A Day in the Life: Thumbs Down (or Flatlining Again)

Flatline Heart Monitor - Alert

One afternoon, while packaging beads for sale in your gallery, your left thumb starts to hurt, especially when you’re opening the tiny zippered bags that hang on the pegboard. Like everything else, you ignore it until it becomes so painful that you are unable to do the things you need to do. During your reluctant visit to the rheumatologist, he examines your thumb, palpates the joint, which makes a sort of crunching sound, and looks up at you in disbelief. “It’s bone on bone! How did you not feel that?” So you have a high pain threshold. Honestly, until recently, you never felt any pain, so how would you know?

There are several treatments for gimpy, arthritic thumbs. You’re already past the least invasive possibility of effective physical therapy, but he can inject it with cortisone, splint it and see if that helps. If it doesn’t, then you will probably need to consider thumb joint arthroplasty. You didn’t even know a thumb joint could be replaced! You opt for the injection and thumb spica (splint), which you wear 24/7 and for a short while, the pain subsides. Four months later, you’re back for another injection and then another four months after that. Your only options now are to learn to live with the pain and loss of function, or have the joint replaced. You already know there’s no living with it, so he refers you to a hand surgeon in the same clinic.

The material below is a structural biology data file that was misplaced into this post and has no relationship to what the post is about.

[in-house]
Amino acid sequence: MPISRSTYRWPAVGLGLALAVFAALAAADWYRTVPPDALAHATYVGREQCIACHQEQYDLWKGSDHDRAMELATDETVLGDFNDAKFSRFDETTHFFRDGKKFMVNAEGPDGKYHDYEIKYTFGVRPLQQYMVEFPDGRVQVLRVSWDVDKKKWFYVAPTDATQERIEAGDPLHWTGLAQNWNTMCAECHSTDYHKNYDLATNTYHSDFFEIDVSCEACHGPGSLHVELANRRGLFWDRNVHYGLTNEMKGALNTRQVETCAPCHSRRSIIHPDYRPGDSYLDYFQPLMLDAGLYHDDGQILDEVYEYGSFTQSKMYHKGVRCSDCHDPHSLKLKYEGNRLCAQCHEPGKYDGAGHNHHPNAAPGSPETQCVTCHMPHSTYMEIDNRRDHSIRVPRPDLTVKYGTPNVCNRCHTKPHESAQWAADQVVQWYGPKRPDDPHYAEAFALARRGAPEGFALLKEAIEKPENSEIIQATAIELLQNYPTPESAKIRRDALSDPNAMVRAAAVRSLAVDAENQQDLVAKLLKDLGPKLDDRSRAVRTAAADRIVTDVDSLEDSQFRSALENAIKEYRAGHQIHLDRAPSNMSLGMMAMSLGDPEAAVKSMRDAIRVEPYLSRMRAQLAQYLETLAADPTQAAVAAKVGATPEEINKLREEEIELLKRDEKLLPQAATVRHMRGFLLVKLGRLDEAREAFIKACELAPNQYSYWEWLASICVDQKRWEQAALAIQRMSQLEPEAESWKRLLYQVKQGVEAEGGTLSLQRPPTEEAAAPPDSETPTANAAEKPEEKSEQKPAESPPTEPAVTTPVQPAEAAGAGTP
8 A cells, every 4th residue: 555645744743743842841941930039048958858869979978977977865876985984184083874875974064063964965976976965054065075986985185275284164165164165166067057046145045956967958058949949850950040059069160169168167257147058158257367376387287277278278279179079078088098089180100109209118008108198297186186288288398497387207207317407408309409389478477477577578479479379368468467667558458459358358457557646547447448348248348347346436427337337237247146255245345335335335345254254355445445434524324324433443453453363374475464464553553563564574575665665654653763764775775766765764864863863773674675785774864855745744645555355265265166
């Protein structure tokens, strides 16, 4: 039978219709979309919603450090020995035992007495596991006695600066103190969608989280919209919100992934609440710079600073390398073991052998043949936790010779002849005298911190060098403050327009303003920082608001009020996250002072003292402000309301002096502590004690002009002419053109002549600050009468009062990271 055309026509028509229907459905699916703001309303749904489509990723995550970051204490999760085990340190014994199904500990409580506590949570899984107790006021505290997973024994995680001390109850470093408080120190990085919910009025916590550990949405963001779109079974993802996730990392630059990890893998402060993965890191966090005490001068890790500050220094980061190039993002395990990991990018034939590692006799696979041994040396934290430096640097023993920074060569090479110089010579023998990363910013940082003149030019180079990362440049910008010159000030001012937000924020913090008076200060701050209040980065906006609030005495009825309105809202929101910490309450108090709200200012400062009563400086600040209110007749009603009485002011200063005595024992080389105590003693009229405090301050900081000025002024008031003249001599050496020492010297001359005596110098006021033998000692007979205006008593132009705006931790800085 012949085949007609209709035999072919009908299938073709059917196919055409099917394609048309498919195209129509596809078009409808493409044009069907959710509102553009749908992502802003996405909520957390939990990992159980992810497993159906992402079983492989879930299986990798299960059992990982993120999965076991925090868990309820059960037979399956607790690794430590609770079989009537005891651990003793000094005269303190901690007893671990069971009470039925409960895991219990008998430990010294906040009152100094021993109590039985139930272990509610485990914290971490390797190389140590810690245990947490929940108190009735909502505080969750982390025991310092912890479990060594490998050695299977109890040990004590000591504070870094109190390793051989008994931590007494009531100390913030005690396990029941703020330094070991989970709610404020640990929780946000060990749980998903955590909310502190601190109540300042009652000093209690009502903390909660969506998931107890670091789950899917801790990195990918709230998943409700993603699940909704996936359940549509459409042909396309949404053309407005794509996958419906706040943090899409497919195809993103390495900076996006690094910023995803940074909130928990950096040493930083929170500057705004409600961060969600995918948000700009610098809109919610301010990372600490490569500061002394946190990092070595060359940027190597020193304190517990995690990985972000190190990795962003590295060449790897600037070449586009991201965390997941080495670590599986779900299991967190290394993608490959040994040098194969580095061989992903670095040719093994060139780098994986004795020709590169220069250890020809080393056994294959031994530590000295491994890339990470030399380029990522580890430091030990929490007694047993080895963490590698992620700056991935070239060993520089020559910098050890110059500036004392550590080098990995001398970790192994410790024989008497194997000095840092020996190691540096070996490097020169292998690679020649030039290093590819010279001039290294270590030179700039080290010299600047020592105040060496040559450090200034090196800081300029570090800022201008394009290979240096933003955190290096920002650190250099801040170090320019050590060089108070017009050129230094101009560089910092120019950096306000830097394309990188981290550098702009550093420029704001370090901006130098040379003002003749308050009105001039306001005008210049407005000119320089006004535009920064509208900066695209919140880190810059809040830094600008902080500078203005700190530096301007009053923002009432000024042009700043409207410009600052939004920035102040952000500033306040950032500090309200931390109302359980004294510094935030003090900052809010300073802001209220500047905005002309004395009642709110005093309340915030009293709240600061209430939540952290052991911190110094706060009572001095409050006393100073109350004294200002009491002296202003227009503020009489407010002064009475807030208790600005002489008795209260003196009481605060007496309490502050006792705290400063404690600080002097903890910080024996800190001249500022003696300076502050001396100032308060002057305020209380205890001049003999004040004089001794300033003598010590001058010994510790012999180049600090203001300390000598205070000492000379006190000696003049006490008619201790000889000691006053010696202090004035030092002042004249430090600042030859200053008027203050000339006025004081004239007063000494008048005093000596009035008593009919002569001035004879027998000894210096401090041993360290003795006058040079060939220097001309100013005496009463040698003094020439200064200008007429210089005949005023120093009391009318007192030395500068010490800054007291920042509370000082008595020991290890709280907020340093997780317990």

When you first meet your surgeon, he seems a bit arrogant, but after working with doctors daily for so many years, you almost expect that. He really is an excellent surgeon, and anyway, bedside manner is overrated. You know some really nice warm, fuzzy kind of docs who are delightful people, but only average doctors. You’ve had enough experience with bad surgery to know that skill is critical, personality is just icing on the cake. He sends you for x-rays and when you come back, he points out what you already know. Your thumb joint is shot. He explains thumb joint arthroplasty and what to expect from surgery.

In a nutshell, he will harvest tissue from the tendon on the under side of your left forearm, about two and a half inches up from your wrist, to make a pad that he inserts into the space where your cartilage has worn away. You’ll wear a plaster splint for a week, then you’ll come back for a full fiberglass cast from knuckles to just below elbow. After three weeks in the cast, you’ll return to have the cast removed and be fitted for a brace that you must wear for another month or two after you return to work.

The surgeon performs your surgery in the clinic’s outpatient ambulatory center. On the big day, your older son accompanies you and plans to stay until you go home afterward. He hates anything connected with illness or hospitals, but you’re his mom and he knows you are counting on him. Your 90-minute surgery is uneventful. In your private recovery room, you are fully alert in just a short time, since you’ve had only a nerve block in the left arm and light anesthesia, no heavy-duty drugs. To keep any pain at bay, a nurse brings you a pain pill, Darvocet. You’ve never taken it before, but you’ve already researched it and you’re not worried about it, because it’s a completely different drug with a completely different chemical structure from the opiates that killed you 15 years ago. As instructed by the surgeon, you’ve already filled your post-surgery prescription.